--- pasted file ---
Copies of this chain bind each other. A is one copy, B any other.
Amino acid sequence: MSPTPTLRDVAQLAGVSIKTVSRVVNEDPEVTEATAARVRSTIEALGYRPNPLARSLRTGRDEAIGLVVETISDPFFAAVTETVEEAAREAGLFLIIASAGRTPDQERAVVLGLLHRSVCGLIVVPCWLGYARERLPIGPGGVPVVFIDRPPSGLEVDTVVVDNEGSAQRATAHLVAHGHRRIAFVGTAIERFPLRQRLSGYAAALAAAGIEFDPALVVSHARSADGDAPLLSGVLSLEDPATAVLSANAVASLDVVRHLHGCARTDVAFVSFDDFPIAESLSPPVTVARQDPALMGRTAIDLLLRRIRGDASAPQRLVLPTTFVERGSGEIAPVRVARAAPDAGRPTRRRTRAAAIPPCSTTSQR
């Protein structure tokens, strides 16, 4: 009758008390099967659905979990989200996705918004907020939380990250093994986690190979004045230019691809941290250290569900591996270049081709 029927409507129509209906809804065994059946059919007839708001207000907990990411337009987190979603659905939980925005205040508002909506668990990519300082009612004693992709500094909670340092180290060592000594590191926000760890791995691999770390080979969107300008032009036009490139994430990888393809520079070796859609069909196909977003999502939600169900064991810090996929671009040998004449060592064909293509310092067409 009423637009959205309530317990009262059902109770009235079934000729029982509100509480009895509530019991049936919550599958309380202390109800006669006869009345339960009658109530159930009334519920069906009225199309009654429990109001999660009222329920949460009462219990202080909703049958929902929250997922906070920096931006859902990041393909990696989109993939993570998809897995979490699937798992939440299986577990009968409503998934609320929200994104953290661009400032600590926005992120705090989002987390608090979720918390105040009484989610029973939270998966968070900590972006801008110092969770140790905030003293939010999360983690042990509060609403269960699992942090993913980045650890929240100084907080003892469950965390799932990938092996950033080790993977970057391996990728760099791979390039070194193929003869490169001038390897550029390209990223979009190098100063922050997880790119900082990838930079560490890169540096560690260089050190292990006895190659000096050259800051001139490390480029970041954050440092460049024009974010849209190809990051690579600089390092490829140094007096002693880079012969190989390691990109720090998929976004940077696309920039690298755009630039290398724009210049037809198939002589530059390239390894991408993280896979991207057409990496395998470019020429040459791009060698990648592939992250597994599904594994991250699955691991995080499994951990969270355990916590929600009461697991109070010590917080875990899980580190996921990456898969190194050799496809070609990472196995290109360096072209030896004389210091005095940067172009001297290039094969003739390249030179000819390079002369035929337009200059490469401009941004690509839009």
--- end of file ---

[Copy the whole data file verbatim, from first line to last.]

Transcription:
Copies of this chain bind each other. A is one copy, B any other.
Amino acid sequence: MSPTPTLRDVAQLAGVSIKTVSRVVNEDPEVTEATAARVRSTIEALGYRPNPLARSLRTGRDEAIGLVVETISDPFFAAVTETVEEAAREAGLFLIIASAGRTPDQERAVVLGLLHRSVCGLIVVPCWLGYARERLPIGPGGVPVVFIDRPPSGLEVDTVVVDNEGSAQRATAHLVAHGHRRIAFVGTAIERFPLRQRLSGYAAALAAAGIEFDPALVVSHARSADGDAPLLSGVLSLEDPATAVLSANAVASLDVVRHLHGCARTDVAFVSFDDFPIAESLSPPVTVARQDPALMGRTAIDLLLRRIRGDASAPQRLVLPTTFVERGSGEIAPVRVARAAPDAGRPTRRRTRAAAIPPCSTTSQR
């Protein structure tokens, strides 16, 4: 009758008390099967659905979990989200996705918004907020939380990250093994986690190979004045230019691809941290250290569900591996270049081709 029927409507129509209906809804065994059946059919007839708001207000907990990411337009987190979603659905939980925005205040508002909506668990990519300082009612004693992709500094909670340092180290060592000594590191926000760890791995691999770390080979969107300008032009036009490139994430990888393809520079070796859609069909196909977003999502939600169900064991810090996929671009040998004449060592064909293509310092067409 009423637009959205309530317990009262059902109770009235079934000729029982509100509480009895509530019991049936919550599958309380202390109800006669006869009345339960009658109530159930009334519920069906009225199309009654429990109001999660009222329920949460009462219990202080909703049958929902929250997922906070920096931006859902990041393909990696989109993939993570998809897995979490699937798992939440299986577990009968409503998934609320929200994104953290661009400032600590926005992120705090989002987390608090979720918390105040009484989610029973939270998966968070900590972006801008110092969770140790905030003293939010999360983690042990509060609403269960699992942090993913980045650890929240100084907080003892469950965390799932990938092996950033080790993977970057391996990728760099791979390039070194193929003869490169001038390897550029390209990223979009190098100063922050997880790119900082990838930079560490890169540096560690260089050190292990006895190659000096050259800051001139490390480029970041954050440092460049024009974010849209190809990051690579600089390092490829140094007096002693880079012969190989390691990109720090998929976004940077696309920039690298755009630039290398724009210049037809198939002589530059390239390894991408993280896979991207057409990496395998470019020429040459791009060698990648592939992250597994599904594994991250699955691991995080499994951990969270355990916590929600009461697991109070010590917080875990899980580190996921990456898969190194050799496809070609990472196995290109360096072209030896004389210091005095940067172009001297290039094969003739390249030179000819390079002369035929337009200059490469401009941004690509839009």